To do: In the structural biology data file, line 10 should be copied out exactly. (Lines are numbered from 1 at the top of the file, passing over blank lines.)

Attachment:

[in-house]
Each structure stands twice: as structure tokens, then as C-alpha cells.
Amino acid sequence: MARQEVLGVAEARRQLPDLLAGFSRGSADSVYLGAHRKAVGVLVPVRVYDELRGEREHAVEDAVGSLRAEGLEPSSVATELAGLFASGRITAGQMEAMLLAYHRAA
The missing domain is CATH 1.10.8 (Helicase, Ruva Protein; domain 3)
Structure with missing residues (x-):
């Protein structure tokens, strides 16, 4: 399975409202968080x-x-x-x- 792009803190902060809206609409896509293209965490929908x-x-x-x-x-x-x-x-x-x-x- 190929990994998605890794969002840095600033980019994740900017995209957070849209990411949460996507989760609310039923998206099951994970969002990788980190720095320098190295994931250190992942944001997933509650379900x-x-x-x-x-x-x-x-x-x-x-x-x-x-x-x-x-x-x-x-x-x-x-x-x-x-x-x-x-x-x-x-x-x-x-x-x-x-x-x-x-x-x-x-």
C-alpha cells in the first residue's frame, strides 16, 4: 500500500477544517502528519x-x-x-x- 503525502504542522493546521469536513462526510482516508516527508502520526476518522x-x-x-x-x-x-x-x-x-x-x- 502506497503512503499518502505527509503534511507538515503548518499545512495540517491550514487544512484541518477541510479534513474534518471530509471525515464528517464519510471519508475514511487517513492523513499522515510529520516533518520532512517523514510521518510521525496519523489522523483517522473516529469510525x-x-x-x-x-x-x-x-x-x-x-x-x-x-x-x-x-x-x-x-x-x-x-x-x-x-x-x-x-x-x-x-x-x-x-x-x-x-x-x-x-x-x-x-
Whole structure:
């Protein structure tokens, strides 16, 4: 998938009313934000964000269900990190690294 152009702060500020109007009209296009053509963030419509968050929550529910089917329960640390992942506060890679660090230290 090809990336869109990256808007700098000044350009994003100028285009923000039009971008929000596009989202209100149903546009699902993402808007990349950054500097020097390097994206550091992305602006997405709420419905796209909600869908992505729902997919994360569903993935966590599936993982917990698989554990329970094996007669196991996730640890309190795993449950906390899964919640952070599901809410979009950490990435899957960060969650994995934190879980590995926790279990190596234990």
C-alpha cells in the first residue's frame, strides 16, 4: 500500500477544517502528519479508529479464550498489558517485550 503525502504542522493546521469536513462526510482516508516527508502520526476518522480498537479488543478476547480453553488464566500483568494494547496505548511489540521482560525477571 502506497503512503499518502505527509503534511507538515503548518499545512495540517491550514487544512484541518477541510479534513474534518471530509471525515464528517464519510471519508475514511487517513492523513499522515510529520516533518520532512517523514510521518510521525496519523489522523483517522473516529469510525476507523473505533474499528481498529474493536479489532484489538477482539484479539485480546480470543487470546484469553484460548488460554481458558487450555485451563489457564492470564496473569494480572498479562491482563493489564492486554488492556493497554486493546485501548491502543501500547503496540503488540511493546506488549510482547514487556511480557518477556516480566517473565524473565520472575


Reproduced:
C-alpha cells in the first residue's frame, strides 16, 4: 500500500477544517502528519479508529479464550498489558517485550 503525502504542522493546521469536513462526510482516508516527508502520526476518522480498537479488543478476547480453553488464566500483568494494547496505548511489540521482560525477571 502506497503512503499518502505527509503534511507538515503548518499545512495540517491550514487544512484541518477541510479534513474534518471530509471525515464528517464519510471519508475514511487517513492523513499522515510529520516533518520532512517523514510521518510521525496519523489522523483517522473516529469510525476507523473505533474499528481498529474493536479489532484489538477482539484479539485480546480470543487470546484469553484460548488460554481458558487450555485451563489457564492470564496473569494480572498479562491482563493489564492486554488492556493497554486493546485501548491502543501500547503496540503488540511493546506488549510482547514487556511480557518477556516480566517473565524473565520472575